Crate training: Set boundaries early with your new puppy
At Hidden Boundaries, we’ve seen so many families welcome new puppies into their homes over the past year! These wriggly bundles of joy have been a bright spot during a tough and uncertain year and we’re looking forward to watching these new friends adapt to their world.
But amid all the fun and excitement new puppies bring, it’s important to remember that it takes a lot of work to make sure they grow to become good dogs. It’s been our pleasure to help clients across West Michigan keep their new puppies safely confined within their underground fencing with our GentleSteps™ Training. When we finish a training session, we leave you with the tools you need to successfully train your puppy to have free reign of your outdoor space.
What about learning their indoor space? We do offer in-house pet containment systems, but there’s also an important component of puppy training that provides lifelong foundational skills: crate training. Your new companion has an instinctive tendency towards denning. That means that, if done correctly, crate training can provide a calm and safe environment for your new puppy that also helps with potty training, since dogs rarely soil where they sleep. Here are some basic but essential steps you can use to train your puppy that will help them become both happy and well-behaved:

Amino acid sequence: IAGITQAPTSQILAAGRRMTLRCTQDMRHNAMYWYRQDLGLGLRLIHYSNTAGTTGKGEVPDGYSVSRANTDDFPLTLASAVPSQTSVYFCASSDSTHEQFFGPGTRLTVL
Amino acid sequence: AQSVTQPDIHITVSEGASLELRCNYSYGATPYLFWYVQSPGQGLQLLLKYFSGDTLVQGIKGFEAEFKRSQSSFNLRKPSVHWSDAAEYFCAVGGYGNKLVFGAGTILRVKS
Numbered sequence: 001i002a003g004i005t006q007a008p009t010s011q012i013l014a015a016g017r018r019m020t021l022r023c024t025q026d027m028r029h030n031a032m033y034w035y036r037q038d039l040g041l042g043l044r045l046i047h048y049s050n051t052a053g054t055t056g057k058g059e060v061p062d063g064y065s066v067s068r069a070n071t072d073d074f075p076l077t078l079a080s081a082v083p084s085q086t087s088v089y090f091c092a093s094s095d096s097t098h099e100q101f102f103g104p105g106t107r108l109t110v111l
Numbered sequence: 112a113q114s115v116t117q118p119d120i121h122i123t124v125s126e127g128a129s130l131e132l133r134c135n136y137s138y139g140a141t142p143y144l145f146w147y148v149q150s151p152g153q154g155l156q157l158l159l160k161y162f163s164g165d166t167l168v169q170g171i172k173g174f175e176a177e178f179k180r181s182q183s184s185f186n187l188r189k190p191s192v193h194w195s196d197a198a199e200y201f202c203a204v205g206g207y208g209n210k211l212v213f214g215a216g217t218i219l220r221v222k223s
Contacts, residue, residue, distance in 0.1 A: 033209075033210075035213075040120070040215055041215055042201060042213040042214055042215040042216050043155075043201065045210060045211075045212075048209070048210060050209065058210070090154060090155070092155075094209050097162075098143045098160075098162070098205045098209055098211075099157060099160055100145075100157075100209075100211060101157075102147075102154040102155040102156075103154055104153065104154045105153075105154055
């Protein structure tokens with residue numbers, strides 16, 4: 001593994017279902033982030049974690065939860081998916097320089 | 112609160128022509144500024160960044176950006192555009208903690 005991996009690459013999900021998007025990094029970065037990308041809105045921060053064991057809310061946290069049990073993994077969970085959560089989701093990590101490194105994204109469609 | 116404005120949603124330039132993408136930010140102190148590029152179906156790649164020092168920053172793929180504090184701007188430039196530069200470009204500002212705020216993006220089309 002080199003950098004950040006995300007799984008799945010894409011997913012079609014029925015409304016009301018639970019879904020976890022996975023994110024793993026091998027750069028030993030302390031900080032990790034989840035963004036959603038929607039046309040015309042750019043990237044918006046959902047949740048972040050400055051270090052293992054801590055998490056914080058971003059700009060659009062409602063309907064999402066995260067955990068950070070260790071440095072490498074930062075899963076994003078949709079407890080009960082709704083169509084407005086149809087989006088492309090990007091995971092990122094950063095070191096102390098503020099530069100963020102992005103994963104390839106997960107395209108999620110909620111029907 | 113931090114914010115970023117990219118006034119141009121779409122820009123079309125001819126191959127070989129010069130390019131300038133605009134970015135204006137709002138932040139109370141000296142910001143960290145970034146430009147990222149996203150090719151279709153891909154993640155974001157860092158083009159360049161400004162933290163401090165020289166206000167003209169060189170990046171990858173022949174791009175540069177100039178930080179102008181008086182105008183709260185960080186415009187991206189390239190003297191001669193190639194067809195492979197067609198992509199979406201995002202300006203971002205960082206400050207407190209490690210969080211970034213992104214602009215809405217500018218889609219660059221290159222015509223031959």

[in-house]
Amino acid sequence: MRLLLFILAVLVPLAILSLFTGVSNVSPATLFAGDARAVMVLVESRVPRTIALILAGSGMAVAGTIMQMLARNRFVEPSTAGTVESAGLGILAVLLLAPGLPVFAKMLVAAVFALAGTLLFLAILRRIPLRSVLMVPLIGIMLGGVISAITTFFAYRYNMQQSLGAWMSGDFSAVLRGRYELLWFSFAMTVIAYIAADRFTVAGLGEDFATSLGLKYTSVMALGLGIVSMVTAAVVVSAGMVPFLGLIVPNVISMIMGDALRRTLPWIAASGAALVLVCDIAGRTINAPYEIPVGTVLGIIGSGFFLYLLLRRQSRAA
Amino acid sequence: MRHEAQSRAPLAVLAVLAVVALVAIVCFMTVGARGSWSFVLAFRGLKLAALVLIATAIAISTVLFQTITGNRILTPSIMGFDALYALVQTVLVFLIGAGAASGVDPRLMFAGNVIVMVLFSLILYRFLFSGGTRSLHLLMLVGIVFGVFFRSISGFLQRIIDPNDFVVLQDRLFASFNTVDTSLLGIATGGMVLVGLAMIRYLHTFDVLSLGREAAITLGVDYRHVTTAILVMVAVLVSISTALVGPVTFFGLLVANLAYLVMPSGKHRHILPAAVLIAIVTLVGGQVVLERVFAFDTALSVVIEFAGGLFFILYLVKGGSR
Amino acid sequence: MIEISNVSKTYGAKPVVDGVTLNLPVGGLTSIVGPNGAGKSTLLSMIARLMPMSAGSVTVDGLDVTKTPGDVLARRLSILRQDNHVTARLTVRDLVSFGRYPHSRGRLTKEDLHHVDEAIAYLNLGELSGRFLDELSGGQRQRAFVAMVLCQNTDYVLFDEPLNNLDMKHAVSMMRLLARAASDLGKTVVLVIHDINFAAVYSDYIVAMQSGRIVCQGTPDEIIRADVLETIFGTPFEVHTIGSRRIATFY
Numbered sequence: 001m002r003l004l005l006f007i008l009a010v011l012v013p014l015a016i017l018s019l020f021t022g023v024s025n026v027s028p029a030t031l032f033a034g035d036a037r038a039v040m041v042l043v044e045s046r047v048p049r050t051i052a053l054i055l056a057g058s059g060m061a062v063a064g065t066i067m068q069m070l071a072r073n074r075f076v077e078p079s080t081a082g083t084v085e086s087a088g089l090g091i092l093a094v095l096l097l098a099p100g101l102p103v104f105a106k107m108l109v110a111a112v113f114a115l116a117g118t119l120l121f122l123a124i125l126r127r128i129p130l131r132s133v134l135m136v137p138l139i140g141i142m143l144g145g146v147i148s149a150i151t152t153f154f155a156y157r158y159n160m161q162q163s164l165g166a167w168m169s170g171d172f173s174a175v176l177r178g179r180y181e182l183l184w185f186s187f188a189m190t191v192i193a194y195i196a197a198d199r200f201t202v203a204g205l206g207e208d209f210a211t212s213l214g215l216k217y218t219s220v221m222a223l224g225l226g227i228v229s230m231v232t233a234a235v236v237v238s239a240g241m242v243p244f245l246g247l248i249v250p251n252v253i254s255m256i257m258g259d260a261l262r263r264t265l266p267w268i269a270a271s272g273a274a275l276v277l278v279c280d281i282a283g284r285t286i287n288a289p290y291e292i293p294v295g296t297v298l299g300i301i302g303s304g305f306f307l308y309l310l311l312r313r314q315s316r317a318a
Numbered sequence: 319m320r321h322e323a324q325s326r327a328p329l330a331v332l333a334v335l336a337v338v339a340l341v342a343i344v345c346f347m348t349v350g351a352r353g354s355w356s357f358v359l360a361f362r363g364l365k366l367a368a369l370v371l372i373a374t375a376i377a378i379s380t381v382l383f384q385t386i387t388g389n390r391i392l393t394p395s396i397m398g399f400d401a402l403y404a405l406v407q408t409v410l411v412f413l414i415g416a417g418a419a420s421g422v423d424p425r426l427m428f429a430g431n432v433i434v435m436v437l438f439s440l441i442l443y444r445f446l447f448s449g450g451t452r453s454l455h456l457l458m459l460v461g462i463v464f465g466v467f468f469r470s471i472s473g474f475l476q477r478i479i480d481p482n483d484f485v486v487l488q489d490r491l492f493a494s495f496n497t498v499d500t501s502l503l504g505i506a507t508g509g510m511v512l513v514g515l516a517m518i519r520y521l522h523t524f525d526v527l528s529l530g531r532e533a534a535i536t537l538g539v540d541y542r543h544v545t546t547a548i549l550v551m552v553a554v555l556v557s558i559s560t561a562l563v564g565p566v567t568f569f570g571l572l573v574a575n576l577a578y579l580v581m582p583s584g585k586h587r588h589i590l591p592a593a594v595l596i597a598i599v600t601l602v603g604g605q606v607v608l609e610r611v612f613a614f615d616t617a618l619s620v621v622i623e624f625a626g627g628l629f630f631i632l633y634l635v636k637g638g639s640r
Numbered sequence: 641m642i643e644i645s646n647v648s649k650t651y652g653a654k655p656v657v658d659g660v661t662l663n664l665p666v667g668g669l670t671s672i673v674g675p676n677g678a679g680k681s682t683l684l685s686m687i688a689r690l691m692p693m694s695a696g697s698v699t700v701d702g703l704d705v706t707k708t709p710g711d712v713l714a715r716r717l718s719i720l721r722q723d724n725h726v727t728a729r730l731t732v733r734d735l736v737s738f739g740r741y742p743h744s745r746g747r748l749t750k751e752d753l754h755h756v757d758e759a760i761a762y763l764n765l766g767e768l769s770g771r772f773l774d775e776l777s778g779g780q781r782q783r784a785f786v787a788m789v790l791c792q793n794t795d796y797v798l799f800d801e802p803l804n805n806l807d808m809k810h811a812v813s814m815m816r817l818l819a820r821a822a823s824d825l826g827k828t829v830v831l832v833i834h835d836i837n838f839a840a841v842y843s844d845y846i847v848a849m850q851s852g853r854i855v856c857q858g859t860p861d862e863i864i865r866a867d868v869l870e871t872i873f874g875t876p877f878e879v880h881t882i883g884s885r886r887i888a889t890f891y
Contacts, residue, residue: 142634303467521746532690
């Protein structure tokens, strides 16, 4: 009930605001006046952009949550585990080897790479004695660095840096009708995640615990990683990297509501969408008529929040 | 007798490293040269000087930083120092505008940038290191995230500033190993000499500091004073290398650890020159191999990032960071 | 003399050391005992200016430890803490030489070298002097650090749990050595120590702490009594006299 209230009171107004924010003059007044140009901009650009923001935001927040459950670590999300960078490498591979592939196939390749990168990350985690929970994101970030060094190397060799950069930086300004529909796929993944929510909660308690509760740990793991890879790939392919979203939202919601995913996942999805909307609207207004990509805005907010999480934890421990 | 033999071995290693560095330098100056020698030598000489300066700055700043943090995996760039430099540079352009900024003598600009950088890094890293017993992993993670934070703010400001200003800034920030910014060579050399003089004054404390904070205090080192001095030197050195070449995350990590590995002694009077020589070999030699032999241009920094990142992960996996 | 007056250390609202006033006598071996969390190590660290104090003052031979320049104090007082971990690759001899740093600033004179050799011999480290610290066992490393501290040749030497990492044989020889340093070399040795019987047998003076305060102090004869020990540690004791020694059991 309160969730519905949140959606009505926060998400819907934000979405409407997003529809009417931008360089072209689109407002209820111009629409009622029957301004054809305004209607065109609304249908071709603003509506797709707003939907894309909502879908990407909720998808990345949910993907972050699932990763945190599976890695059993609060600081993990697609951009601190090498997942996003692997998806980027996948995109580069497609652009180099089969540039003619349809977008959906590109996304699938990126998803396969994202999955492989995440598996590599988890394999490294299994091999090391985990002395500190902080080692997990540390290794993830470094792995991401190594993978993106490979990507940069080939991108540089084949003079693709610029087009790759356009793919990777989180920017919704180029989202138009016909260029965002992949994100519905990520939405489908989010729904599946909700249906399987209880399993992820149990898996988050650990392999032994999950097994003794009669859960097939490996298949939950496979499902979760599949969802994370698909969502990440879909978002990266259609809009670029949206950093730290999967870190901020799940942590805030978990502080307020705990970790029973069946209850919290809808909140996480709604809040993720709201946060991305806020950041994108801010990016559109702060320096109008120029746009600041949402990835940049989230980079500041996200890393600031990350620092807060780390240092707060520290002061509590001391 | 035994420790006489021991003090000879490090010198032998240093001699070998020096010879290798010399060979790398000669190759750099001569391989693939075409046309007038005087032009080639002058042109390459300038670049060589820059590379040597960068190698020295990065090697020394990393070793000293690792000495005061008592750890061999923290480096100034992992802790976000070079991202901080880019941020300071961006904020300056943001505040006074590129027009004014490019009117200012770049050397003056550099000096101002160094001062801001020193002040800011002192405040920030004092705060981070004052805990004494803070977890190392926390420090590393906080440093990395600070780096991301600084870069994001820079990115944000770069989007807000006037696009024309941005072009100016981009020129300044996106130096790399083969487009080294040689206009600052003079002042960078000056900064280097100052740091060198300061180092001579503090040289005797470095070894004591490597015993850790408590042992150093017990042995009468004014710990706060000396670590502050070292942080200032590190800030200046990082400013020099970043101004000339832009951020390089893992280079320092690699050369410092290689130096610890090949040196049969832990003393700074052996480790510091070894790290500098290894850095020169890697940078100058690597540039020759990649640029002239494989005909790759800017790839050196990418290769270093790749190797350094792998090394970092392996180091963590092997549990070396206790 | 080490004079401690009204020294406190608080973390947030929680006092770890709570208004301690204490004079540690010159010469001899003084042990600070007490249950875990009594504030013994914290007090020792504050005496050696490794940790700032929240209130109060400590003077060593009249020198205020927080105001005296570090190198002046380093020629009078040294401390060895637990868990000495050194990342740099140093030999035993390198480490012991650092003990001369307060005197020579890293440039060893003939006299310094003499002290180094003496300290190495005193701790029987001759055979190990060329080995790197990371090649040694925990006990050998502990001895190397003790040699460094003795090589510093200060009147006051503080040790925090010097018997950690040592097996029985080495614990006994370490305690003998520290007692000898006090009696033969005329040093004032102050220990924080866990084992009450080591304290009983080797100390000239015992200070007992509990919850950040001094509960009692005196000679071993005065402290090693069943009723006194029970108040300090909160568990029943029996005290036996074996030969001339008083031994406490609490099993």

- Start by purchasing a crate for your puppy that is just large enough to give them room to move around comfortably and small enough to prevent them from being able to soil one corner and sleep in another.
- Place the crate in a room that is frequently occupied to help your puppy feel like a part of the family.
- Start slow; leave the crate’s door open with treats waiting within to give your puppy the chance to “discover” their new crate.
- Once they’re comfortable with it, slowly start feeding them meals in the crate, experimenting with closing the door in small time increments.
- Gradually increase the amount of time your puppy spends in the crate while keeping an eye on them. Start giving them toys to play with while they are inside the crate.
Patience is key! Once your puppy is crate trained, you’ll both be rewarded; your puppy with a safe and comfortable environment, and you with a place you can trust your pet to be when you can’t be there.